Saturday, September 17, 2011
FDOT’s recent analysis of Florida counties’ highway safety record
Editor's Note: There are many ways to measure, analyze and compare highway safety statistics. This post summarizes the recent FDOT report that compares Florida county and city highway safety performance over the past 5 years. In reviewing these results it's important to understand several things:
1. Florida is the most dangerous state in the country for pedestrians and cyclists so that a relatively good ranking within Florida does not mean that the jurisdiction is very safe relative to other similar jurisdictions in other states.
2. Given the wide variation in county size, population density, and character (urban, suburban, rural), analysis by county is not the most meaningful measure. Most national comparative analysis is done by Metro area (the Census' Standard Metropolitan Statistical Area (SMSA).
For example, in the 2011 national Dangerous by Design report (dealing with pedestrian fatalities over the past 10 years), Lee County ranked 17th (out of 67 counties) highest pedestrian fatality rate, but when measured by Metro area, the Cape Coral-Fort Myers metro area (which is the same as Lee County in our case)had the 5th highest fatality rate (per 100,000 population) of the 20 major metro areas in the state.
3.Most national analysis is done using fatality numbers since reporting on fatalities is more standard across states than injury reporting. The FDOT report merges fatalities and injuries together.
Bottomline: It's important to put this report into the larger perspective and not reach a faulty conclusion. Darla
Highlights from FDOT report:
Each year the Florida DOT releases a ranking of each county and city on where they stand on highway safety. Categories measured include: Total Fatalities and Injuries, Alcohol Related, Bicycle, Motorcycle, and Pedestrian Fatalities and Injuries, Speed Related, Seat Belt, Teen and Older Drivers, and Aggressive Driving.
Lee County is grouped with the largest 23 counties. In the FDOT matrix, higher number ranking indicates fewer crashes per person or mile-of-travel than the lower number ranking. Lee County ranks in the safest quartile for Bicycle Crashes, Pedestrian Crashes, Motorcycle Crashes, Speed Related Crashes, Teen Driver Crashes, and Total Fatal and Injury Crashes.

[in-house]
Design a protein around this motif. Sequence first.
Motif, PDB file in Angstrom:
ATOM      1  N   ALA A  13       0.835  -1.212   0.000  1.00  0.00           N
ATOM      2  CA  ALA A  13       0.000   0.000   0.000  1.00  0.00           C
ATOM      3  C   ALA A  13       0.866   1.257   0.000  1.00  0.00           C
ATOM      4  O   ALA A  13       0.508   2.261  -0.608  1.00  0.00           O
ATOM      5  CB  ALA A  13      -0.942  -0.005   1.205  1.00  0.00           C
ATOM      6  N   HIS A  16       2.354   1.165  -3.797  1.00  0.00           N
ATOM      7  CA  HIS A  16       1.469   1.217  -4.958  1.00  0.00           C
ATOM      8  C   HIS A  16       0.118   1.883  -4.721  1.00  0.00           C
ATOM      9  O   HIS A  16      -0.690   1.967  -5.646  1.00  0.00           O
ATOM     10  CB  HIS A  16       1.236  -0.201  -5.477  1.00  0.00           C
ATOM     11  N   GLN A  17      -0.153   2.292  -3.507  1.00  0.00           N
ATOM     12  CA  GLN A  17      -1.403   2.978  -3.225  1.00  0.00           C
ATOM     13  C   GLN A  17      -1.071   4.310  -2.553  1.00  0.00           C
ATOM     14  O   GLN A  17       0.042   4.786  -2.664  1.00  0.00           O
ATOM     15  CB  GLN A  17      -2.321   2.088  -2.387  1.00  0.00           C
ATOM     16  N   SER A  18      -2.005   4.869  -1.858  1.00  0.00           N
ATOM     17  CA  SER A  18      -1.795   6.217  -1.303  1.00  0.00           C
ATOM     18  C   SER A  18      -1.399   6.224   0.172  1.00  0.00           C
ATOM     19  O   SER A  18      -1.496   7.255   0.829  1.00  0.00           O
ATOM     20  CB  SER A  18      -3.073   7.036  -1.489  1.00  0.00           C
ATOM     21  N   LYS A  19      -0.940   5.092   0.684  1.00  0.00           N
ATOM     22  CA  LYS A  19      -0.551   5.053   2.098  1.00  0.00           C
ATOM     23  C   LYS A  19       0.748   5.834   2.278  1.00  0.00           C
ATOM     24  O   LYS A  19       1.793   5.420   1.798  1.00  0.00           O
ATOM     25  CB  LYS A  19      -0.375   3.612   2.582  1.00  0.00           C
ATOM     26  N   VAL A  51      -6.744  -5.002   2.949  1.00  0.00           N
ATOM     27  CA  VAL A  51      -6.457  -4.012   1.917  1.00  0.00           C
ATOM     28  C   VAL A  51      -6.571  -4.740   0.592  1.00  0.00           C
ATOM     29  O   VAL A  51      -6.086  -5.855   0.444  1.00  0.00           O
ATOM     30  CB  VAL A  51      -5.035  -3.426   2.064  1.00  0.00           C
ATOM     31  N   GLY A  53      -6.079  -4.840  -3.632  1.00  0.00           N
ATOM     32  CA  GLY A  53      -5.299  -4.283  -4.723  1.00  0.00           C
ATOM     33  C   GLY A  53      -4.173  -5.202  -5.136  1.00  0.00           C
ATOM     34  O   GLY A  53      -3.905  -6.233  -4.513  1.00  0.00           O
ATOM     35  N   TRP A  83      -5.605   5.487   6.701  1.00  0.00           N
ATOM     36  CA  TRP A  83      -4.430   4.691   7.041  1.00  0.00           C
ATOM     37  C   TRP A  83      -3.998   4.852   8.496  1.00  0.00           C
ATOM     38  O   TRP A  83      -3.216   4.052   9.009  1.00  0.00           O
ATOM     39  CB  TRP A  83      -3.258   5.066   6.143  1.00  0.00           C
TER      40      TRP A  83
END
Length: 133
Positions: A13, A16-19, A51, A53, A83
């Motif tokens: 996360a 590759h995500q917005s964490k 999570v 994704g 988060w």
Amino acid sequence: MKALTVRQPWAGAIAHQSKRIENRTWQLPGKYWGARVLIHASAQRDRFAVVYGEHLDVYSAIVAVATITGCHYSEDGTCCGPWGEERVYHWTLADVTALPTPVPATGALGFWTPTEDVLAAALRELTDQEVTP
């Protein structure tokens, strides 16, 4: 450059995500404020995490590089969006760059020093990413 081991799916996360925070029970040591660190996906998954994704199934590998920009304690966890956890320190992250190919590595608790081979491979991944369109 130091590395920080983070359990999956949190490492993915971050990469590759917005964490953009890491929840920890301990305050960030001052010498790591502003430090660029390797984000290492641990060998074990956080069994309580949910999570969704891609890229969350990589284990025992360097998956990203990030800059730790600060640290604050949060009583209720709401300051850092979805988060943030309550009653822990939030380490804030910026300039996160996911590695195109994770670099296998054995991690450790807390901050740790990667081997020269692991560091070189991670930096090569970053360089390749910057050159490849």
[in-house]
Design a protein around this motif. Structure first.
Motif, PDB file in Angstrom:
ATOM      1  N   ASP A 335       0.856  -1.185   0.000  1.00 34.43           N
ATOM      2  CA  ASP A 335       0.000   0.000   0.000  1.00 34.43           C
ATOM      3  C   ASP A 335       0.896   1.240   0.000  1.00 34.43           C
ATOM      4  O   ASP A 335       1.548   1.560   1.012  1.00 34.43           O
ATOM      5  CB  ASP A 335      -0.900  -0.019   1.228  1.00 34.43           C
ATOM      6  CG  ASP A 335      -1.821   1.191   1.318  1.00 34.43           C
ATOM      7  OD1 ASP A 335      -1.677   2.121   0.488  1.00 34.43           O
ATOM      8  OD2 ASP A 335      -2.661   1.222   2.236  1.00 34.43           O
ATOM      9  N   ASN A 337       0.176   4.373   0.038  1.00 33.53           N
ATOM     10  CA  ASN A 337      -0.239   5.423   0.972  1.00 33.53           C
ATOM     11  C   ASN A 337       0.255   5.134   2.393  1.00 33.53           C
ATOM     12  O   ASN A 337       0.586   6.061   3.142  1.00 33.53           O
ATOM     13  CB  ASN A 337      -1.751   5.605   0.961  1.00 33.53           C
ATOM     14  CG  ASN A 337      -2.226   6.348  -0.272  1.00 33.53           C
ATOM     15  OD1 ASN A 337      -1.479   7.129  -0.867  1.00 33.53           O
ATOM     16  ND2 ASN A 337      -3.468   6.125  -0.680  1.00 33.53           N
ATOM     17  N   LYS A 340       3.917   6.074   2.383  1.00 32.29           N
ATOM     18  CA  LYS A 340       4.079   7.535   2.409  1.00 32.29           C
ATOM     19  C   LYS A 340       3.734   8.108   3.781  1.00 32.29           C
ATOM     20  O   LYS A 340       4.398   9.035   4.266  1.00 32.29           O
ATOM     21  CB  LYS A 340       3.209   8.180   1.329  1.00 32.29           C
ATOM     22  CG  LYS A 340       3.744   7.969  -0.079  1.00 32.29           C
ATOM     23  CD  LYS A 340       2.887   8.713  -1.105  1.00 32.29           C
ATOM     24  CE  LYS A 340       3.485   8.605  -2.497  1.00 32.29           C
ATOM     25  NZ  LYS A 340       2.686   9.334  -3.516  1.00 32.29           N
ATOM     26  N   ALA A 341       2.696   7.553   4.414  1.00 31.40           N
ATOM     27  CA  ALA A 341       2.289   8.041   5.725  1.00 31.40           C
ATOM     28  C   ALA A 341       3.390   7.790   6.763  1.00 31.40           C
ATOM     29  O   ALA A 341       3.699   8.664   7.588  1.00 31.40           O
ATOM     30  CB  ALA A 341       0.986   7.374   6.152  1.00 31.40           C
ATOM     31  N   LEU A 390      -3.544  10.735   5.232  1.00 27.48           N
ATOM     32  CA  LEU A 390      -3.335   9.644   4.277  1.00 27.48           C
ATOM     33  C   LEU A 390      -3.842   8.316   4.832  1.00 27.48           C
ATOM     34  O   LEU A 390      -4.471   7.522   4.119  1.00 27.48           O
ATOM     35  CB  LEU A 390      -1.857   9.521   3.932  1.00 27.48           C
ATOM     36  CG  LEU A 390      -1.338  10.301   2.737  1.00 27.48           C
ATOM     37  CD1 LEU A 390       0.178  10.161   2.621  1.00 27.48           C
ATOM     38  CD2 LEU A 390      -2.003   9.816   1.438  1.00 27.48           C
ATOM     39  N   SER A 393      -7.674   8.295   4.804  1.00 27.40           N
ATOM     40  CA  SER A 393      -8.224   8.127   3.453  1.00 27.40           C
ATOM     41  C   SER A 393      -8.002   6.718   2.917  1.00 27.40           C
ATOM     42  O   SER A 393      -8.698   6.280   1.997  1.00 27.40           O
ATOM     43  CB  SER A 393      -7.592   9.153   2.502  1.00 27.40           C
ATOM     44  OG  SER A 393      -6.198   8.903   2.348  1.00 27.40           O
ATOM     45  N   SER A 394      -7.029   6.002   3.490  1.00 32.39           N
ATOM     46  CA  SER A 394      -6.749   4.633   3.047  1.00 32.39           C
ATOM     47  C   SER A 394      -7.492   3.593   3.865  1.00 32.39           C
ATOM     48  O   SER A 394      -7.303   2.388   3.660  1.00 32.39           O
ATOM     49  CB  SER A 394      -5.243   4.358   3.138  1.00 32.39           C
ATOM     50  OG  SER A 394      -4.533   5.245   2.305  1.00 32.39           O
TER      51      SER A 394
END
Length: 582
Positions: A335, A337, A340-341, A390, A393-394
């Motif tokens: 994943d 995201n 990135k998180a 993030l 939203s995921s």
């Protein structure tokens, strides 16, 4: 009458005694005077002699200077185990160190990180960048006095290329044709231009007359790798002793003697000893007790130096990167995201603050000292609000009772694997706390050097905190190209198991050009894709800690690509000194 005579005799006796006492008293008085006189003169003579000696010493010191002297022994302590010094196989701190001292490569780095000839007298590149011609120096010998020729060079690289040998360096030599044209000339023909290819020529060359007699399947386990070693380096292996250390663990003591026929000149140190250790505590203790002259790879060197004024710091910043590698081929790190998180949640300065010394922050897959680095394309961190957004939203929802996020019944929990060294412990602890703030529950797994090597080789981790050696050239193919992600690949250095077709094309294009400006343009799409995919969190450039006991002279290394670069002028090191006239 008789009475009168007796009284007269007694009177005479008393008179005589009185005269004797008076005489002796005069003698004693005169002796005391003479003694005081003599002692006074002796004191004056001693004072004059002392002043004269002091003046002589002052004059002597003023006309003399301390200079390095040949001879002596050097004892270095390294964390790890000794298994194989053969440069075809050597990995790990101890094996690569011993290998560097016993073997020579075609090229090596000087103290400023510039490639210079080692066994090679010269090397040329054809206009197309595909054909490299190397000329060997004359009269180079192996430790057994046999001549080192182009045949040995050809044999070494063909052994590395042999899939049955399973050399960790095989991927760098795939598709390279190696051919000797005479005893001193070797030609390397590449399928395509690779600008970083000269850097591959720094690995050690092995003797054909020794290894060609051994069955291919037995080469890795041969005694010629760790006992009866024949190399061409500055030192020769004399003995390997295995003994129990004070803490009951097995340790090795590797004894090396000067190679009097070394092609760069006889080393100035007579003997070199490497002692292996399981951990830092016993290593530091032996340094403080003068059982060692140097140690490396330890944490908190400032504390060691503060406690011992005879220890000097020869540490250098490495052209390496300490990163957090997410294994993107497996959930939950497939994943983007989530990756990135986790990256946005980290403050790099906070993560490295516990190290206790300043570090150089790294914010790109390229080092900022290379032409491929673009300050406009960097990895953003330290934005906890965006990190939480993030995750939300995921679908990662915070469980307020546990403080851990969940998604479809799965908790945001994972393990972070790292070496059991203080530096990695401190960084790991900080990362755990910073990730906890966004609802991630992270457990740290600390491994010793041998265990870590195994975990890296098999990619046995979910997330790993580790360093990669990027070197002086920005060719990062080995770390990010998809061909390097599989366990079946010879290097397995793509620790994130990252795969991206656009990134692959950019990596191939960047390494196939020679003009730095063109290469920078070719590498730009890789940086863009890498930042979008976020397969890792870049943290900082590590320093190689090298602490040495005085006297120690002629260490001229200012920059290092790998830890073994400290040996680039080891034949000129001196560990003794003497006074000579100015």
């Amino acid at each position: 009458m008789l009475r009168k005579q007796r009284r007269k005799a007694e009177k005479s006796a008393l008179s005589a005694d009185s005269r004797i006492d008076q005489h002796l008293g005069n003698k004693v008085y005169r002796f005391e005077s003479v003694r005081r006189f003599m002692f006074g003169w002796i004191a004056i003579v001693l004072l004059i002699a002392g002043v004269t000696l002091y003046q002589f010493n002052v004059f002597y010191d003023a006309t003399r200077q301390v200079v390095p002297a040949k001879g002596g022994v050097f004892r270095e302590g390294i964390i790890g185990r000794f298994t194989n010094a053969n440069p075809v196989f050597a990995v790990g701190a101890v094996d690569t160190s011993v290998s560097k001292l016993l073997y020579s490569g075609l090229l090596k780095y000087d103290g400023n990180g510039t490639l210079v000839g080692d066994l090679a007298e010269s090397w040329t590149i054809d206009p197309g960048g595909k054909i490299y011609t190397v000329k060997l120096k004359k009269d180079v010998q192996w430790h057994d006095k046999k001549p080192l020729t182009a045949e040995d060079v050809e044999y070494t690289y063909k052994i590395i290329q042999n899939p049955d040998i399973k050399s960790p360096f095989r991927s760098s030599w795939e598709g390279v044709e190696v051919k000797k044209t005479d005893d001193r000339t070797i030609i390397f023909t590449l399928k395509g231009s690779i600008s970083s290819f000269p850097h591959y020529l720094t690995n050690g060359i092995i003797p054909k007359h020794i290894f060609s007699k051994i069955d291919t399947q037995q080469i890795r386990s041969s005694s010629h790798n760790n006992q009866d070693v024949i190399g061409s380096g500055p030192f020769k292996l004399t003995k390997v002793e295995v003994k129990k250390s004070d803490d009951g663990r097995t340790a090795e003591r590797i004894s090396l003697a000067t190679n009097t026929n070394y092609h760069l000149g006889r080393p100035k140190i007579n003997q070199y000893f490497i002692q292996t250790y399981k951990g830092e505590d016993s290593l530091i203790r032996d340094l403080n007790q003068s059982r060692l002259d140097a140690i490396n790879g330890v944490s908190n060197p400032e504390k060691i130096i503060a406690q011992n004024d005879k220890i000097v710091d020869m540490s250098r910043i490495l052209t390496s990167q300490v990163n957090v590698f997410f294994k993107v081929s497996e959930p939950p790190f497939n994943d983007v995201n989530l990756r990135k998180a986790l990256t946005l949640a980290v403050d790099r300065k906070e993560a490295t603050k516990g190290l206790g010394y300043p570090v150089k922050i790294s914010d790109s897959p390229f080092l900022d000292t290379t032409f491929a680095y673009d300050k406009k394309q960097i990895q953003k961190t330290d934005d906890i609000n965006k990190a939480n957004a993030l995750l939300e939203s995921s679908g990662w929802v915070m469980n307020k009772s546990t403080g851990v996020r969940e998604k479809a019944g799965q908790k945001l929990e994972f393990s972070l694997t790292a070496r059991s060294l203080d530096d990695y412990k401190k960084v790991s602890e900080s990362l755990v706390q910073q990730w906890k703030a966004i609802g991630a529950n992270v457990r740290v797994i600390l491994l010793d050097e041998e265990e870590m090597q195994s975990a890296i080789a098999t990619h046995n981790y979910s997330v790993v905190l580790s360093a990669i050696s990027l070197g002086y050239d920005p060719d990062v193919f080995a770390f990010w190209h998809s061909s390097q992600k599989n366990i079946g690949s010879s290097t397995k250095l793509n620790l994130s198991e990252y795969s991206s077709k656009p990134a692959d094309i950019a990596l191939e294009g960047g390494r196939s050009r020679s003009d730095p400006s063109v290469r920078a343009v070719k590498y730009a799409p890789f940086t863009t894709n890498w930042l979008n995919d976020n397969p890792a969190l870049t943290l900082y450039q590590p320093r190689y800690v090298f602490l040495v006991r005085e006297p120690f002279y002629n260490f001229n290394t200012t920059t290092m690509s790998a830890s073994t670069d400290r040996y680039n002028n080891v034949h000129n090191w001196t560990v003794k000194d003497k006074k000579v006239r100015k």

Lee County is ranked 18th out of 23 (with 23 being the best and 1 being the worst) in terms of the best county performance on total fatalities & injuries. In terms of bicycle fatalities and injuries, Lee County ranks 17th (out of 23), and 17th in terms of pedestrian fatalities and injuries. Compared to 2009, Lee County’s ranking slipped one place for bicycle safety but improved by 2 places for pedestrian safety.
So, while Florida is the most dangerous state in the nation for pedestrians and cyclists, at least Lee County’s standing among the counties has improved and is in the top tier of Florida counties of its size.
In looking at the data on cities within Lee County, Cape Coral is ranked with the 31 cities with populations of 75,000 or greater. Cape Coral ranks 23rd out of 31 cities (with 31 being the best and 1 being the worst) for bicycle fatalities and injuries and ranked 28th on pedestrian fatalities and injuries, making them in the safest quartile for cities their size.
Both Bonita Springs and Fort Myers are ranked as part of the 93 cities with populations 15,000-75,000. While Bonita Springs scores in the safest quartile for both bicycle and pedestrian safety (70 and 77 respectively), the City of Fort Myers scores in the lowest quartile on pedestrian safety (only 13th out of 93), and just barely above that in bicycle safety (28 out of 93). Clearly, the City of Fort Myers is the most unsafe part of Lee County for both pedestrians and bicyclists.
Click here for the FDOT matrix of the ranking of all counties and cities.
Thanks to Steve Jansen and Mike Tisch at LeeDOT for bringing this data to our attention.